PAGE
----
The Great Australian Bight was first encountered by European explorers in 1627 when a Dutch navigator François Thijssen sailed along its western margins. The coast was later first accurately charted by the English navigator Matthew Flinders in 1802, during his circumnavigation of the Australian continent. A later land-based survey was accomplished by the English explorer Edward John Eyre.
The coastline of the Great Australian Bight is characterised by cliff faces (up to 60 metres (200 ft) high), surfing beaches and rock platforms, ideal for whale-watching. This is a popular activity during the southern hemisphere winter, when increasing numbers of southern right whales migrate to the region from their summer feeding grounds in the Antarctic. The whales come to the Bight region, especially to the Head of Bight, to calve and breed, and do not feed until they return to the Antarctic. Their numbers were severely depleted by whaling, particularly during the 19th Century, but have since recovered to some extent.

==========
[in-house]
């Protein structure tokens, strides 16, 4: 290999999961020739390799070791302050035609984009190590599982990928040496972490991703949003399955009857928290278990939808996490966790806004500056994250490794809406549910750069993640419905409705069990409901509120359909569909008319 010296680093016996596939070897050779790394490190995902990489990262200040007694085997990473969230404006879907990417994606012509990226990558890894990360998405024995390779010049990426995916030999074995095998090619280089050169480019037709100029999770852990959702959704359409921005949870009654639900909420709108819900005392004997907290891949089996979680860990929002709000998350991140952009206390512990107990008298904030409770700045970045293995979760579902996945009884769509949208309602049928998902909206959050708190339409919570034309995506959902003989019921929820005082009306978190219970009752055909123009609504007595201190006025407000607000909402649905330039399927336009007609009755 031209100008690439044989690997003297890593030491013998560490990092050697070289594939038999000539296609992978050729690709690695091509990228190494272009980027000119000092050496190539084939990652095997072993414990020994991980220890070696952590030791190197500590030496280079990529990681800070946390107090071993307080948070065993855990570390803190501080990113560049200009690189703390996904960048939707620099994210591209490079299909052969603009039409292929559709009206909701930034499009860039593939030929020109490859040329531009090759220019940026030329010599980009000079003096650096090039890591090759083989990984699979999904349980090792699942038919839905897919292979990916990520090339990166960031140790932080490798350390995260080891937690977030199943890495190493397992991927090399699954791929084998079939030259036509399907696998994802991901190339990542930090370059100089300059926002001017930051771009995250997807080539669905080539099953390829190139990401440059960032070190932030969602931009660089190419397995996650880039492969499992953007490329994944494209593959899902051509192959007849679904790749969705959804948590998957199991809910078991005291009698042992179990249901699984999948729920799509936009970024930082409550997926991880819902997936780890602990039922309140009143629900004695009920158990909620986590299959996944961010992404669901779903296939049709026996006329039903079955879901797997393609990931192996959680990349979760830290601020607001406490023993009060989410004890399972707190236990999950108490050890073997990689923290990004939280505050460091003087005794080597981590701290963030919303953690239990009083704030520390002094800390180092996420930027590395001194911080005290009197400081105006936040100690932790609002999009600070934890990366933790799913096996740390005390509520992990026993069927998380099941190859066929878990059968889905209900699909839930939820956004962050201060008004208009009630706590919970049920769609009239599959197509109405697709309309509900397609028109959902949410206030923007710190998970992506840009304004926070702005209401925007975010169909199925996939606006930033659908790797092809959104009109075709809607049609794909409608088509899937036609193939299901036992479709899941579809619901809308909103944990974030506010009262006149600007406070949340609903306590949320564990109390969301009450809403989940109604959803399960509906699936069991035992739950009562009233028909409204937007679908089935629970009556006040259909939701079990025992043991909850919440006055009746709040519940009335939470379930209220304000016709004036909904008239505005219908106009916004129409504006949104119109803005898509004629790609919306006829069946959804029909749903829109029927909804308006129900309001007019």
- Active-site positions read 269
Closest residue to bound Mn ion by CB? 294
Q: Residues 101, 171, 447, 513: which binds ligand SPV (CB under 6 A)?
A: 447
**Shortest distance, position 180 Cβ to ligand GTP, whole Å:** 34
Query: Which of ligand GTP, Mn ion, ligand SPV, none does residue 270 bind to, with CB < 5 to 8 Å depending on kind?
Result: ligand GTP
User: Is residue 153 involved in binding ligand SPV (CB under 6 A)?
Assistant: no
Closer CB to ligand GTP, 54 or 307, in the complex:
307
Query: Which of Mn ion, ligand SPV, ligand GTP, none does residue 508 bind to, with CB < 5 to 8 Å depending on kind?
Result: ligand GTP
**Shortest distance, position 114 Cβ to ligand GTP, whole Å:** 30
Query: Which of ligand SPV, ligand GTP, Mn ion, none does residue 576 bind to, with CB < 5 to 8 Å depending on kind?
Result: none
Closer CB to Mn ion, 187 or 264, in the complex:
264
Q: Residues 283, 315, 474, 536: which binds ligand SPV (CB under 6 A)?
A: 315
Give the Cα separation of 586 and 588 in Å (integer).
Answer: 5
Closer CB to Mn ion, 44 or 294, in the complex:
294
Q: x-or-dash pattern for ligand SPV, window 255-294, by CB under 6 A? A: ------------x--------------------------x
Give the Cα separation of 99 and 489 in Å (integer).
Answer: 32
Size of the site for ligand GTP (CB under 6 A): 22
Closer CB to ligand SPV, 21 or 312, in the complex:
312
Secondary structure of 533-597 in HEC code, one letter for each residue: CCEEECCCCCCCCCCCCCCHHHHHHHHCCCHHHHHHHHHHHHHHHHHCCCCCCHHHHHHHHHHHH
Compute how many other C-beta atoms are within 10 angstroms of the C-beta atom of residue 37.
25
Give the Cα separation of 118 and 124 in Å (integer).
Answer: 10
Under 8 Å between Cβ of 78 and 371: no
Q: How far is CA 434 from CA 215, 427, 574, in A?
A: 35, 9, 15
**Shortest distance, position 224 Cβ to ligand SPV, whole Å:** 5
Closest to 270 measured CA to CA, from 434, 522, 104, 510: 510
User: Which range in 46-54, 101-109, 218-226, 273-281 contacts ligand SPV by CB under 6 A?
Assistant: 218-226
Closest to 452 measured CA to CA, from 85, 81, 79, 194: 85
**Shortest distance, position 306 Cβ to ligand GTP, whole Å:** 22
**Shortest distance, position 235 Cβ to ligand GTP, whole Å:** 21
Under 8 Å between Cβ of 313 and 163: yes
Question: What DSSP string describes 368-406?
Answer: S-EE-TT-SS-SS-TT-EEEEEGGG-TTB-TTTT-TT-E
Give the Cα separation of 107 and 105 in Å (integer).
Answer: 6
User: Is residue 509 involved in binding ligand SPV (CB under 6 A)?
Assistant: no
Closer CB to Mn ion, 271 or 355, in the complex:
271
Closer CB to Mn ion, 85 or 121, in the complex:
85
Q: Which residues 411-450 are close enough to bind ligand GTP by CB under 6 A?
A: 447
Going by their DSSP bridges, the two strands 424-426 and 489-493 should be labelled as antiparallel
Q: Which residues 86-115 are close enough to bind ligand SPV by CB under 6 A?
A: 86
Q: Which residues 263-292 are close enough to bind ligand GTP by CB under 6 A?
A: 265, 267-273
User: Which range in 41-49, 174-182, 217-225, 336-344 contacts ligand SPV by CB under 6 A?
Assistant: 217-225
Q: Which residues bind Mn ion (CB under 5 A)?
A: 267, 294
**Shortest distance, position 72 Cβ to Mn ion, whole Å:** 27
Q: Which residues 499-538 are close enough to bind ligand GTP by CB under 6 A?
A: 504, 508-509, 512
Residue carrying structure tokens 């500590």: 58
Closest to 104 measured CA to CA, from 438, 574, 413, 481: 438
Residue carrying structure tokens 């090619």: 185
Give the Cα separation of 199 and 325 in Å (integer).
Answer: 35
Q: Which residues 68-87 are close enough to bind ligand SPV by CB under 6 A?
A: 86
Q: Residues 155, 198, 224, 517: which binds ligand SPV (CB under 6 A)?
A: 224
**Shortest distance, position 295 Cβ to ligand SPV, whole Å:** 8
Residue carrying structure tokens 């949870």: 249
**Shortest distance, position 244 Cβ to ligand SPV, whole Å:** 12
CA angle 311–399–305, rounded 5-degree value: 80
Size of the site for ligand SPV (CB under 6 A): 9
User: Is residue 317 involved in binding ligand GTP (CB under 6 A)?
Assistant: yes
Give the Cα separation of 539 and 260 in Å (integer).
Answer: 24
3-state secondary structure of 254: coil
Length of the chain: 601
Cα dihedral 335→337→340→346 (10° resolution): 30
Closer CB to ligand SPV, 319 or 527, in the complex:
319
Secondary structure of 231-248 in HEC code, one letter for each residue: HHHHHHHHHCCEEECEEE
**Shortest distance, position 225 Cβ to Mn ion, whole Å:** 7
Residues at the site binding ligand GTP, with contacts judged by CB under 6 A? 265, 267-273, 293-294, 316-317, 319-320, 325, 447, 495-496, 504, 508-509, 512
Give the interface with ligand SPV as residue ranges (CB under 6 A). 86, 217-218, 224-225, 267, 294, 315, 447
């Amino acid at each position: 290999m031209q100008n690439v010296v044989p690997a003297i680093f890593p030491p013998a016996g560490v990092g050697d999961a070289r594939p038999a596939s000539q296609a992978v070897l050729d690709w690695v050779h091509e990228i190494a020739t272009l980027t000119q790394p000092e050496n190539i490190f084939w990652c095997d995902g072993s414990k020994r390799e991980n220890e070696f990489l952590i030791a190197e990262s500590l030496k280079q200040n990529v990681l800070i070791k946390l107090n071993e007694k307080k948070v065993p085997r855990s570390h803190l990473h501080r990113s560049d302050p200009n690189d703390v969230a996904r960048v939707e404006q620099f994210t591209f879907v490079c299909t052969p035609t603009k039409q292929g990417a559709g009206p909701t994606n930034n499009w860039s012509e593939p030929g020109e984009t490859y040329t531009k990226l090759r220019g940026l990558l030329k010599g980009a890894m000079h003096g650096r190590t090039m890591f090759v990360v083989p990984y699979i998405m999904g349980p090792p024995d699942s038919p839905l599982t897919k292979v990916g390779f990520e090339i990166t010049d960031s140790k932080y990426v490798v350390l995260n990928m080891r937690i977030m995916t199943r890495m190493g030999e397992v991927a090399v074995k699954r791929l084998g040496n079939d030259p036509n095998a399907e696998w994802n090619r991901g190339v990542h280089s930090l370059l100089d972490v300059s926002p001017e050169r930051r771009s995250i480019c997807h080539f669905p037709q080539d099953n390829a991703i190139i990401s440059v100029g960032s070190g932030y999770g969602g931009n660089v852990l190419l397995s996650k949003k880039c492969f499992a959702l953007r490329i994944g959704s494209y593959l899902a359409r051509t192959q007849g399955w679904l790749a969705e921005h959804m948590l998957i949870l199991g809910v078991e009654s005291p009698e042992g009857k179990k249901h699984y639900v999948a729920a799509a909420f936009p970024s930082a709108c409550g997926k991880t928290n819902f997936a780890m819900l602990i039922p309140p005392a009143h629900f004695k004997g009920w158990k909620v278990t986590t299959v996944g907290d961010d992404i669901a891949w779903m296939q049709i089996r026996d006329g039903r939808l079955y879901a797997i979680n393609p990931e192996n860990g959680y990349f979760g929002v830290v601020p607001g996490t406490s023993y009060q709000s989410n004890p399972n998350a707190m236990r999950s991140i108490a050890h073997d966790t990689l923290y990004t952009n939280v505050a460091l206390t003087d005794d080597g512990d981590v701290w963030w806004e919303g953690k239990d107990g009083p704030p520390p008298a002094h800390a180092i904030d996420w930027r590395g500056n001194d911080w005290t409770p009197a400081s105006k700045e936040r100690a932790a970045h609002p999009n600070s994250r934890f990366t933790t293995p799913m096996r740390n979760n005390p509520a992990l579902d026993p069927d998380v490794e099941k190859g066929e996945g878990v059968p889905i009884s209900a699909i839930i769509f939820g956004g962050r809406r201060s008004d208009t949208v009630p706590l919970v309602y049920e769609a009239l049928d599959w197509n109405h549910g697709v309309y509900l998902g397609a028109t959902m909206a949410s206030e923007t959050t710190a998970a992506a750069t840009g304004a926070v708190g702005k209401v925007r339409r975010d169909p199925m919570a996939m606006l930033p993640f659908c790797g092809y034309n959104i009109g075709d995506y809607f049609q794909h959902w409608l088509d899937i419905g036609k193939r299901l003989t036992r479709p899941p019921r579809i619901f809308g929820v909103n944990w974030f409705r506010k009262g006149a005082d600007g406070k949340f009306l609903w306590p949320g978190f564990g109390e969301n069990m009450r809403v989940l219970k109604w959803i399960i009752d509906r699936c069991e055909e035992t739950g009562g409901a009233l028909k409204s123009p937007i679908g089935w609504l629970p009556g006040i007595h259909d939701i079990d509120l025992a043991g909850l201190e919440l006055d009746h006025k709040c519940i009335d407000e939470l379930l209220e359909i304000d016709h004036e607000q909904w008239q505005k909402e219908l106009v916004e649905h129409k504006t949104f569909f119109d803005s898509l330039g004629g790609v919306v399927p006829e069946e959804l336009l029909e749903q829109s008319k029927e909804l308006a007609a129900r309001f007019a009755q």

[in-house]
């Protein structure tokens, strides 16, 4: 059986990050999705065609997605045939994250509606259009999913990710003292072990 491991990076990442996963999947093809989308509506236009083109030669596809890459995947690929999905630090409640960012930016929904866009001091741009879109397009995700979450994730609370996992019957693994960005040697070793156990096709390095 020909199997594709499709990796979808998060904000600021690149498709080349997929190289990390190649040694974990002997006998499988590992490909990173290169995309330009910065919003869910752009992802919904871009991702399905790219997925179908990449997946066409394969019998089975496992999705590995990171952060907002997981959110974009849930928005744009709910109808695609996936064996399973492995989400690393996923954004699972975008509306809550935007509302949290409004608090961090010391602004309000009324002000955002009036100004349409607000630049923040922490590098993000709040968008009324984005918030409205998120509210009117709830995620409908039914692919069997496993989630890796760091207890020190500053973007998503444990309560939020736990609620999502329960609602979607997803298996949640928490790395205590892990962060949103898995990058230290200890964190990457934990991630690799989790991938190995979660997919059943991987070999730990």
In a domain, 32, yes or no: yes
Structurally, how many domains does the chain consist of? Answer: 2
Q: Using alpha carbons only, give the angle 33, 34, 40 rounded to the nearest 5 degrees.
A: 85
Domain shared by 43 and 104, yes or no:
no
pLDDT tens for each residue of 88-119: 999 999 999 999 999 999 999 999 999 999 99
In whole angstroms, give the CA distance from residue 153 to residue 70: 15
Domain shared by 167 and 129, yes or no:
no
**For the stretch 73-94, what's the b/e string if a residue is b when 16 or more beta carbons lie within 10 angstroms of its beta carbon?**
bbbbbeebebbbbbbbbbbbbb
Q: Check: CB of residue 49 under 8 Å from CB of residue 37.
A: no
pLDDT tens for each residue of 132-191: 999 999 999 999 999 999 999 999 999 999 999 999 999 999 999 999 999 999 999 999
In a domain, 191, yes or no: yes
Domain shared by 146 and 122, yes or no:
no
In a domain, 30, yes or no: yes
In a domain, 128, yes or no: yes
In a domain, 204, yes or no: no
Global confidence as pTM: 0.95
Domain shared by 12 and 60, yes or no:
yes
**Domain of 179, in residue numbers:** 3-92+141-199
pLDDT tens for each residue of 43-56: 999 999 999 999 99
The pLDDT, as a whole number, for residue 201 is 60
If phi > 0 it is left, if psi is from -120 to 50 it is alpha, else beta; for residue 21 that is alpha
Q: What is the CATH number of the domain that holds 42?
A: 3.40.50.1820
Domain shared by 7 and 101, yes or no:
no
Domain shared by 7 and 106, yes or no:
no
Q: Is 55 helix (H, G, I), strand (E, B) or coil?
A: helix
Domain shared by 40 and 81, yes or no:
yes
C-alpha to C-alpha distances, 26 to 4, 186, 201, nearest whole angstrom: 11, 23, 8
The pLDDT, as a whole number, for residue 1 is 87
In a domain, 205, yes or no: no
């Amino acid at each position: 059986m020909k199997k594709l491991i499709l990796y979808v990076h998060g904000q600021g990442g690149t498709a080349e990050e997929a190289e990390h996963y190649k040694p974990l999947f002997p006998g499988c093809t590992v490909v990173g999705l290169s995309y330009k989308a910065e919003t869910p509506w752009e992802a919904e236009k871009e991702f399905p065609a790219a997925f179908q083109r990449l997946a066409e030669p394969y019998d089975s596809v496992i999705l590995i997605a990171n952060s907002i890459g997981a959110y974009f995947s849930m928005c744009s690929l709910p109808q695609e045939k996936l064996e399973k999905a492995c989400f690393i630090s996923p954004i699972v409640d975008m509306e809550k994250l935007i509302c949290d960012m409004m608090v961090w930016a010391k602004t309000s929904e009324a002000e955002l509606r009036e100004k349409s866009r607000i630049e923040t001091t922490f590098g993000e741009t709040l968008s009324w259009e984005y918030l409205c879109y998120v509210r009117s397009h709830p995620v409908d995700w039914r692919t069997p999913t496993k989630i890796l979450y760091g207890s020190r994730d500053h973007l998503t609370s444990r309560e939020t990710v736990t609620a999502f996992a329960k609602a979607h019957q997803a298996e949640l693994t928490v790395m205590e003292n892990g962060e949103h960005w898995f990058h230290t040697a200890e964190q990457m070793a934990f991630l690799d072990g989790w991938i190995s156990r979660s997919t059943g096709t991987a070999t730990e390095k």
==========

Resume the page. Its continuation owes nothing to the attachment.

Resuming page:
The Nullarbor Plain, which borders much of the length of the Bight's coastline, is a former seabed, uplifted during the Miocene. Consisting of limestone, it is very flat, and has an arid or semi-arid climate with very little rainfall, and high summer temperatures and high evaporation rates. It has no surface drainage, but has a karst drainage system through cave formation in the underlying limestone. North of the Nullarbor lies the Great Victoria Desert, which has an internal drainage system terminating in numerous small salt lakes.
There's a few lookouts across the Nullarbor which many people call into.
The photos below show what it's like. It wasn't a clear morning as you can see...looking towards the Great Southern Ocean.